– Jordanian King Abdullah II’s comments at Davos on Saudi Arabia’s constructive role in curbing Iran’s “meddling in the region” eased bilateral tensions, which were heightened as Iran attempted to forge a partnership with Jordan by offering it economic and security incentives — thus removing it from the Gulf axis. This thawing of Jordanian-Saudi ties benefits both Jordan and Gulf countries.
– Various media outlets have reported on a recently-released strategic document detailing Israeli army movements, including covert operations, assassinations, and air attacks in Syria. The document, prepared by Chief of Staff Gadi Eisenkot in mid-2015, also explains Israel’s view of region, highlighting both allies and states that threaten its security.
– A new public opinion survey in Palestine shows a drop in support for a two-state solution. The poll suggests that the situation is becoming increasingly complex in light of US President Donald Trump’s recognition of Jerusalem as the capital of Israel.
– The crisis of ministerial appointments in Morocco was resolved when the royal palace intervened, after the prime minister failed to act. The intervention will likely prevent early elections amidst internal unrest and the challenges of the floating dirham.
– Morocco’s Justice and Development Party (Parti de la Justice et du Developement) is declining in performance and popularity, marked by infighting among party leaders; the resignations of a number of key members; the dismissal of its former secretary-general, ‘Abd al-Ilah Ibn Kairan, after failing to form a government; and the erosion of the party’s electoral base. The situation bolsters the standing of the Popular Movement’s candidate.
– Will the tripartite alliance among Iran, Russia, and Turkey last? The immediate interests of these countries have spurred them to strengthen relations despite their historical conflict of interests. But they have not yet succeeded in creating a strategy to ensure the continuation of this alliance. In the near future, we expect Iran to make a move that runs counter to Ankara’s and Moscow’s interests in Syria, as Turkish military operations in Afrin continue and Russia takes over the reconstruction file in Syria.
– In Iranian domestic affairs, former President Mahmoud Ahmadinejad took advantage of the recent demonstrations to show his ability to garner popular support, making statements in support of the protesters’ demands. Does this mean Ahmadinejad is beginning a campaign for 2021 presidential elections?
– The Iraqi Federal Court confirmed that parliamentary elections will be held on schedule, a move that could disproportionately benefit Shiite parties. In the absence of clear post-ISIS or reconstruction plans, the Popular Mobilization Units (PMUs) are gaining political influence, which could threaten Iraq’s Sunni communities.
– How will the Fatah Alliance fare in Iraqi elections? The coalition is currently led by Hadi al-Amiri, who also heads the Badr Organization, an Iraqi political party strongly aligned with Iran. It is noteworthy that Fatah tops the list of the three Shiite alliance parties, alongside the Nasr, led by Prime Minister Haider al-Abadi, and the Rule of Law Coalition, headed by former Prime Minister Nouri al-Maliki.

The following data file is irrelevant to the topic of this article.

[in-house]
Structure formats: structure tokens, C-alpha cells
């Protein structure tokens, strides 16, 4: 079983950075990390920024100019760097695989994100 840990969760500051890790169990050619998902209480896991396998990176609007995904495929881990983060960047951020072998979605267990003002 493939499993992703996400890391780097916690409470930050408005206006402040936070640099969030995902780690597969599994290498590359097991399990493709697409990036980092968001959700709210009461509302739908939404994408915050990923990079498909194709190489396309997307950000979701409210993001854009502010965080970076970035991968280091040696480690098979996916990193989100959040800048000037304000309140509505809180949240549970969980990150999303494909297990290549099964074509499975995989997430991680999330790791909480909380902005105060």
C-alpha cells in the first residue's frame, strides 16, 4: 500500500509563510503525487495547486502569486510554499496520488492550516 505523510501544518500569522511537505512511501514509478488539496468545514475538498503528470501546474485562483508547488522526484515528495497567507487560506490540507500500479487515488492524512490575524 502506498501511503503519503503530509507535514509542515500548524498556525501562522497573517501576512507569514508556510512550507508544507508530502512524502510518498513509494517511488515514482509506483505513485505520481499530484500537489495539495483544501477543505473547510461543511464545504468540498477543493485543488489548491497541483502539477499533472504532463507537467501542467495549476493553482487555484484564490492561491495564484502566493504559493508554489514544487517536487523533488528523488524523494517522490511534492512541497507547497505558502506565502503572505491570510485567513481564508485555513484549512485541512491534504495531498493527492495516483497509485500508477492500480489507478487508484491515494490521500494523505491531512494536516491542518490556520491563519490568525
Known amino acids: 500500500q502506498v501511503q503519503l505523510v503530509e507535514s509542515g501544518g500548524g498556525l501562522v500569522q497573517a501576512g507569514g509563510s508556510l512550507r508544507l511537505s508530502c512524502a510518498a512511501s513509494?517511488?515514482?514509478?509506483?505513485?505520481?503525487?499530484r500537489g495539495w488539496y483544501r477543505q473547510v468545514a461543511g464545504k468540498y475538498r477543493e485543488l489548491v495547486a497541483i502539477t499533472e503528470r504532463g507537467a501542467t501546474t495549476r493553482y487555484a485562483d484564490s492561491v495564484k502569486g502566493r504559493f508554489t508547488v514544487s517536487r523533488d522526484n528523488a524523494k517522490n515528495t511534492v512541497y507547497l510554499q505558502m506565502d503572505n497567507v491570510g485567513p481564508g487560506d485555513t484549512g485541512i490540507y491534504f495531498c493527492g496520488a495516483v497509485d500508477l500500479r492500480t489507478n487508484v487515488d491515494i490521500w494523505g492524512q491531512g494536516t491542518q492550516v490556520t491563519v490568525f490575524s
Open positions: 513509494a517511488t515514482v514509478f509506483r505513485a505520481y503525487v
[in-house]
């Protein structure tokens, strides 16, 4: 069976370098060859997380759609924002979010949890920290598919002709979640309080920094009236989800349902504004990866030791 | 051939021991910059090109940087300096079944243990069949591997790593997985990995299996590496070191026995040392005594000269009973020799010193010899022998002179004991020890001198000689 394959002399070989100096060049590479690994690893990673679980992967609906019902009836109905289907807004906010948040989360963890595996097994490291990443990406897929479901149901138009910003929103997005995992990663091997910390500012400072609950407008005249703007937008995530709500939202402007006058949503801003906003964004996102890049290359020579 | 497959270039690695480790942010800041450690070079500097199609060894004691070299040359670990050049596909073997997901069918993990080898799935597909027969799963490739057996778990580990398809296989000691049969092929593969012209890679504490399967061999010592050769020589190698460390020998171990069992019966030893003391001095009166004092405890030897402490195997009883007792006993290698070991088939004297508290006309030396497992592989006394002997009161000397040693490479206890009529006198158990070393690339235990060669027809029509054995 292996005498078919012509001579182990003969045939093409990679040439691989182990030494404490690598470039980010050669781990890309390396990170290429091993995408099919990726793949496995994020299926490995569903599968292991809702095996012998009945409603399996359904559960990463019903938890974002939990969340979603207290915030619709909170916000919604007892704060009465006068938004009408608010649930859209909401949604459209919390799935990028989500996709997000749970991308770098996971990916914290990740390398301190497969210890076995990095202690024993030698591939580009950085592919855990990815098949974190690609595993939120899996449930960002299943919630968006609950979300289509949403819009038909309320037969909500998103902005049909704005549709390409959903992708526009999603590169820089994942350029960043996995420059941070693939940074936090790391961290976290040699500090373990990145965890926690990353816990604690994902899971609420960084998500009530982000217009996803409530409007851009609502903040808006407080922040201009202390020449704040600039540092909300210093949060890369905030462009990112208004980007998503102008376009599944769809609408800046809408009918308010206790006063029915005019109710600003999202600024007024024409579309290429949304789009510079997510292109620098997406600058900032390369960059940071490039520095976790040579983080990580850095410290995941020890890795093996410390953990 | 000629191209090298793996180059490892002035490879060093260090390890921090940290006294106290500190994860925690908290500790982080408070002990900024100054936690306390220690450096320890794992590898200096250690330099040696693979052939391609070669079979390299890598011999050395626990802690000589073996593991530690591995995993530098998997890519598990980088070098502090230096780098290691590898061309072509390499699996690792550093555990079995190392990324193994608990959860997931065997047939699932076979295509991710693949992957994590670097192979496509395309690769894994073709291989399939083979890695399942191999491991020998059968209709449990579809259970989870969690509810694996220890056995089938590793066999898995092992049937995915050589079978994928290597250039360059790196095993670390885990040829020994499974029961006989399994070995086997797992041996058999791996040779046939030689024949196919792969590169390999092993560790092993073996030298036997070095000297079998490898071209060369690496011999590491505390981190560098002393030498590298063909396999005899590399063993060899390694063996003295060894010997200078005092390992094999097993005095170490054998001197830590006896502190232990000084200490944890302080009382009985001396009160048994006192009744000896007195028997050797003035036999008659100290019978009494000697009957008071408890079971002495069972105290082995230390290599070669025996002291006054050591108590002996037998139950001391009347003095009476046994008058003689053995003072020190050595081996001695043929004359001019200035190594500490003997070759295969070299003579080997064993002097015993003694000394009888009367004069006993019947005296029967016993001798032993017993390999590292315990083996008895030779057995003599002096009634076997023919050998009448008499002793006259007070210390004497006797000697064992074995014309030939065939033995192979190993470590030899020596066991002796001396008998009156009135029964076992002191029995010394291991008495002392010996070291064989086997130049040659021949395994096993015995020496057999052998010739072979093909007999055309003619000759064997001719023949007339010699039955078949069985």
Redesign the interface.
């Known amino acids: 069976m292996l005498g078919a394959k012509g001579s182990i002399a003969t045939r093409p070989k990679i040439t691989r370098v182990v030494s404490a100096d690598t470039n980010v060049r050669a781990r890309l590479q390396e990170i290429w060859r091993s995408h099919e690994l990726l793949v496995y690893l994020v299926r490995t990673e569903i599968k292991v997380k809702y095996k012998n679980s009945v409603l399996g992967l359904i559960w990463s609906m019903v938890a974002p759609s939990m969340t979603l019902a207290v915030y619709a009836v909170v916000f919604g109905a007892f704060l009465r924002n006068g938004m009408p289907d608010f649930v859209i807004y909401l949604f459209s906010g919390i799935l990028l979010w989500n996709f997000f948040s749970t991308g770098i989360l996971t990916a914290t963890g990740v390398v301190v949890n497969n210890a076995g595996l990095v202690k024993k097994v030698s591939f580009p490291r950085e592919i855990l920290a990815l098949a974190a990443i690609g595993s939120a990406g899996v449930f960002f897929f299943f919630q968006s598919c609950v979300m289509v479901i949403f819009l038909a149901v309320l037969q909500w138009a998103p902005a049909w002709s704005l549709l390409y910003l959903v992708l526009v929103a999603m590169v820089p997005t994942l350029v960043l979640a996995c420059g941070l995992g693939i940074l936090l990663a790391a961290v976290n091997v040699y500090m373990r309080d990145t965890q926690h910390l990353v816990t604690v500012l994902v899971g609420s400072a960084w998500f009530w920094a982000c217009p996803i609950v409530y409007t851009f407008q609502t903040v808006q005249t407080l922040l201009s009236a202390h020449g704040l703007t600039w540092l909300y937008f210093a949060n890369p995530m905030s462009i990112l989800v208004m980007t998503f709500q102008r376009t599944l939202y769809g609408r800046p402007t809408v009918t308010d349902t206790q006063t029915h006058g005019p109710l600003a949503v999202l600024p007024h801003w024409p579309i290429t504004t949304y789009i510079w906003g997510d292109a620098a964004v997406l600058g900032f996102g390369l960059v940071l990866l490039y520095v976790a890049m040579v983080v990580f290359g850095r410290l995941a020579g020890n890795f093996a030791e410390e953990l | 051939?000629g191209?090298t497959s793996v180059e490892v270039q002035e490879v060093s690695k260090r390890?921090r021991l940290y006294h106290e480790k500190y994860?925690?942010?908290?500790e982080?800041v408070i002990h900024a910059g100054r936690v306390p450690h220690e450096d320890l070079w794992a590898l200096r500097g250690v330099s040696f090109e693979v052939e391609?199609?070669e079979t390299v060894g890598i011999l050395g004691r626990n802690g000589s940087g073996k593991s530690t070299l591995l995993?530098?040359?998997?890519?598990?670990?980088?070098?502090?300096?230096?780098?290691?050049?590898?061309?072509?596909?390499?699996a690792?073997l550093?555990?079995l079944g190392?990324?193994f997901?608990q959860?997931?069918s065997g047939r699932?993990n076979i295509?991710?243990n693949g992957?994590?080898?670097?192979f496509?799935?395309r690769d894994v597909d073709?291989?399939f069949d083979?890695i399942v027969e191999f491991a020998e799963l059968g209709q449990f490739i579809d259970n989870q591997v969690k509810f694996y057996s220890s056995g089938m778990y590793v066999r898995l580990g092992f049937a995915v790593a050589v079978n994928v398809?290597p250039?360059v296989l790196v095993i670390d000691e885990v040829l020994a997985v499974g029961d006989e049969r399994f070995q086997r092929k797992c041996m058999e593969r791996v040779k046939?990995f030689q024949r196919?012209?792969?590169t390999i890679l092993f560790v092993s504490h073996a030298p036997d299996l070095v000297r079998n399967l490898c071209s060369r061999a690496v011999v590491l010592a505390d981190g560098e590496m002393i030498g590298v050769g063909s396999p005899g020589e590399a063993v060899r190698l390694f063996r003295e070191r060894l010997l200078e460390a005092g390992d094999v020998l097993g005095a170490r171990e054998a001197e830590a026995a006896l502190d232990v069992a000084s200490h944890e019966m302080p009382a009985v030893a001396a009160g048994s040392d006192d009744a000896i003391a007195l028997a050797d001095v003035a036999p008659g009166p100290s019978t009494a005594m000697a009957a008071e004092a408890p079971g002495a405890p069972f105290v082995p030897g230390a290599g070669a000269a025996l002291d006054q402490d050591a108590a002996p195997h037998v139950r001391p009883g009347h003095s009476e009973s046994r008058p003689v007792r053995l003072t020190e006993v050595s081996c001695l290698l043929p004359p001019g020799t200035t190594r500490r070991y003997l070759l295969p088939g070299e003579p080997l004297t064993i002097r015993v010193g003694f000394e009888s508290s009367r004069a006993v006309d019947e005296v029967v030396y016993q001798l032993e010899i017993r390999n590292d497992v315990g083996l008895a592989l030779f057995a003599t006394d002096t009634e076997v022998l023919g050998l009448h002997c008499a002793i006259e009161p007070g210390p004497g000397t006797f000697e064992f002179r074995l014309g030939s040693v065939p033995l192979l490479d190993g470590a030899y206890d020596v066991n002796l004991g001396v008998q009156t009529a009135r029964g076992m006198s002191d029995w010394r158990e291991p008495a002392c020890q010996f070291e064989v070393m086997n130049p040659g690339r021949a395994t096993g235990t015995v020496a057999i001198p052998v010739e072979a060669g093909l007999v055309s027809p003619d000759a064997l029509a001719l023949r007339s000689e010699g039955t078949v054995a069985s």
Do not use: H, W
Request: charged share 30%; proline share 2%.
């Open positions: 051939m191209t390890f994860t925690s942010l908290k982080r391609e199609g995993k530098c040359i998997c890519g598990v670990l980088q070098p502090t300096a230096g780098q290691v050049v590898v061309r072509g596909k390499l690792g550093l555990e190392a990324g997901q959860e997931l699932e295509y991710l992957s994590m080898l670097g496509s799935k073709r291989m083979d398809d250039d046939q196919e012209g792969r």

– Tensions between Baghdad and Erbil are rising over the issue of Kirkuk’s oil. Prime Minister Abadi’s declarations on the sidelines of Davos regarding oil exports through Baghdad provoked Erbil, as the Kurdistan Democratic Party announced the boycott of elections. A political solution appears elusive for the time being.
– Are turbulence and chaos returning to Egypt’s streets? The deteriorating economic situation, the perception of a sham election, and the absence of youth participation in the political process all raise concerns about Egypt’s future. The Muslim Brotherhood could exploit such uncertainty.
– German-Turkish relations warmed up after Ankara’s release of a number of Turkish activists holding German citizenship and the agreement on a deal to develop the tank weapon Leopard 2 in Germany. But tensions are now returning in light of the Turkish incursion in Afrin — an operation that could threaten German-Turkish rapprochement.
– President Donald Trump appeared uncharacteristically pragmatic at Davos, raising questions about the future of his position toward the NATO alliance. Will Trump continue to retreat from his hostile attitudes towards Muslims and African nations? Some analysts say Trump came to Davos simply as a businessman encouraging investment in his country, but he also came off as more stately.
– US Defense Secretary James Mattis said the American army will not be the world’s most powerful army, citing the Pentagon’s budget of $521 billion. Mattis claimed that the budget should be $716 billion in 2019 in preparation for rivalry with China and Russia, sparking criticism from Mick Mulvaney, director of the Office of Management and Budget, but garnering support from Republican Party hawks, like John McCain (R-AZ).
– Why are Europe and the United States concerned about the growth of Russia? The anxiety is the result of several tensions and provocations: increased Russian involvement in West Asia, specifically in Myanmar and Vietnam; Russia providing China with its S-400 missile system; Russia’s military intervention in the Central African Republic; and the Russian pipeline project to Europe (Nord Stream 2). In response to these developments, the United States has increased sanctions on Russia’s energy sector.
– Dutch intelligence recently announced that Russia influenced the 2016 US elections by penetrating the Russian network of pirates, called “Kozi Bear,” which hacked thousands of emails from top Democratic Party’s officials. Dutch agencies said the hackers operated under the guidance of Russian intelligence organizations.